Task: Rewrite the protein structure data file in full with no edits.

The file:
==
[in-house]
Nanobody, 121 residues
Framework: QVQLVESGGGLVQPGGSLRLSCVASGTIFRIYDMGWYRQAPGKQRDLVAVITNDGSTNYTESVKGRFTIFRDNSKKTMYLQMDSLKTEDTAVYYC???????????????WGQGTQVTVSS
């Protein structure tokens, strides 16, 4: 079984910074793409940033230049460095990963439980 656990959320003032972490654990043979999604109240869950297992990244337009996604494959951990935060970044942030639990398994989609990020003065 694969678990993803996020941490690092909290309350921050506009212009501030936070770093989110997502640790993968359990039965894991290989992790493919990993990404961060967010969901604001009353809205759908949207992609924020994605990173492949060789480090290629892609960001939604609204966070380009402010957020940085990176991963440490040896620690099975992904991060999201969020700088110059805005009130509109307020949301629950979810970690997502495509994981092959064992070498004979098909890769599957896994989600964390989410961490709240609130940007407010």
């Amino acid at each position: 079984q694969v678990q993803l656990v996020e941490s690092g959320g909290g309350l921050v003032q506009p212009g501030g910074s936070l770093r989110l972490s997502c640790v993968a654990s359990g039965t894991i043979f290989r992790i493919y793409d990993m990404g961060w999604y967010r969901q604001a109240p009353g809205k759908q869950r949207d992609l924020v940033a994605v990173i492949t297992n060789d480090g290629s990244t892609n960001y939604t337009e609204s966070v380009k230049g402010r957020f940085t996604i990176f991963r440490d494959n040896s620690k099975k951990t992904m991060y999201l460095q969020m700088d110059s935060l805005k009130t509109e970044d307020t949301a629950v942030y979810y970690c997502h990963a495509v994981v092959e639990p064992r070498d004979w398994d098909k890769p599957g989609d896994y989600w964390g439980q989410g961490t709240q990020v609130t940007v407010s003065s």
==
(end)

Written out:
[in-house]
Nanobody, 121 residues
Framework: QVQLVESGGGLVQPGGSLRLSCVASGTIFRIYDMGWYRQAPGKQRDLVAVITNDGSTNYTESVKGRFTIFRDNSKKTMYLQMDSLKTEDTAVYYC???????????????WGQGTQVTVSS
């Protein structure tokens, strides 16, 4: 079984910074793409940033230049460095990963439980 656990959320003032972490654990043979999604109240869950297992990244337009996604494959951990935060970044942030639990398994989609990020003065 694969678990993803996020941490690092909290309350921050506009212009501030936070770093989110997502640790993968359990039965894991290989992790493919990993990404961060967010969901604001009353809205759908949207992609924020994605990173492949060789480090290629892609960001939604609204966070380009402010957020940085990176991963440490040896620690099975992904991060999201969020700088110059805005009130509109307020949301629950979810970690997502495509994981092959064992070498004979098909890769599957896994989600964390989410961490709240609130940007407010």
């Amino acid at each position: 079984q694969v678990q993803l656990v996020e941490s690092g959320g909290g309350l921050v003032q506009p212009g501030g910074s936070l770093r989110l972490s997502c640790v993968a654990s359990g039965t894991i043979f290989r992790i493919y793409d990993m990404g961060w999604y967010r969901q604001a109240p009353g809205k759908q869950r949207d992609l924020v940033a994605v990173i492949t297992n060789d480090g290629s990244t892609n960001y939604t337009e609204s966070v380009k230049g402010r957020f940085t996604i990176f991963r440490d494959n040896s620690k099975k951990t992904m991060y999201l460095q969020m700088d110059s935060l805005k009130t509109e970044d307020t949301a629950v942030y979810y970690c997502h990963a495509v994981v092959e639990p064992r070498d004979w398994d098909k890769p599957g989609d896994y989600w964390g439980q989410g961490t709240q990020v609130t940007v407010s003065s």